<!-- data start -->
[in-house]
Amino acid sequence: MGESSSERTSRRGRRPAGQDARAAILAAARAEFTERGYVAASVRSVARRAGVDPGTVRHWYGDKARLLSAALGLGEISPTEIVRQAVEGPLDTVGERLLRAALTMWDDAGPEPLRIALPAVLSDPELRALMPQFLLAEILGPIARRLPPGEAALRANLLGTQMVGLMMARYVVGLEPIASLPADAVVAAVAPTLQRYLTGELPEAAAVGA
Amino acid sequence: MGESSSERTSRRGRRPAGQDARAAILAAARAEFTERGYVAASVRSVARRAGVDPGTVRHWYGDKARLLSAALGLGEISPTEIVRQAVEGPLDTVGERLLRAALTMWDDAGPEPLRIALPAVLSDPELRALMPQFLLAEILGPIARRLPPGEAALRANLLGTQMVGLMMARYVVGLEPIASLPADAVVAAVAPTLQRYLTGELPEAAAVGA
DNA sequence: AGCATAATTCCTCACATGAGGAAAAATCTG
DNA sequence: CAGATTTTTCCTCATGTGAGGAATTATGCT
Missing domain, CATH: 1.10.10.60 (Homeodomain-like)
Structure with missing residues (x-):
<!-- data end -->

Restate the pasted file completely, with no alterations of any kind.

[in-house]
Amino acid sequence: MGESSSERTSRRGRRPAGQDARAAILAAARAEFTERGYVAASVRSVARRAGVDPGTVRHWYGDKARLLSAALGLGEISPTEIVRQAVEGPLDTVGERLLRAALTMWDDAGPEPLRIALPAVLSDPELRALMPQFLLAEILGPIARRLPPGEAALRANLLGTQMVGLMMARYVVGLEPIASLPADAVVAAVAPTLQRYLTGELPEAAAVGA
Amino acid sequence: MGESSSERTSRRGRRPAGQDARAAILAAARAEFTERGYVAASVRSVARRAGVDPGTVRHWYGDKARLLSAALGLGEISPTEIVRQAVEGPLDTVGERLLRAALTMWDDAGPEPLRIALPAVLSDPELRALMPQFLLAEILGPIARRLPPGEAALRANLLGTQMVGLMMARYVVGLEPIASLPADAVVAAVAPTLQRYLTGELPEAAAVGA
DNA sequence: AGCATAATTCCTCACATGAGGAAAAATCTG
DNA sequence: CAGATTTTTCCTCATGTGAGGAATTATGCT
Missing domain, CATH: 1.10.10.60 (Homeodomain-like)
Structure with missing residues (x-):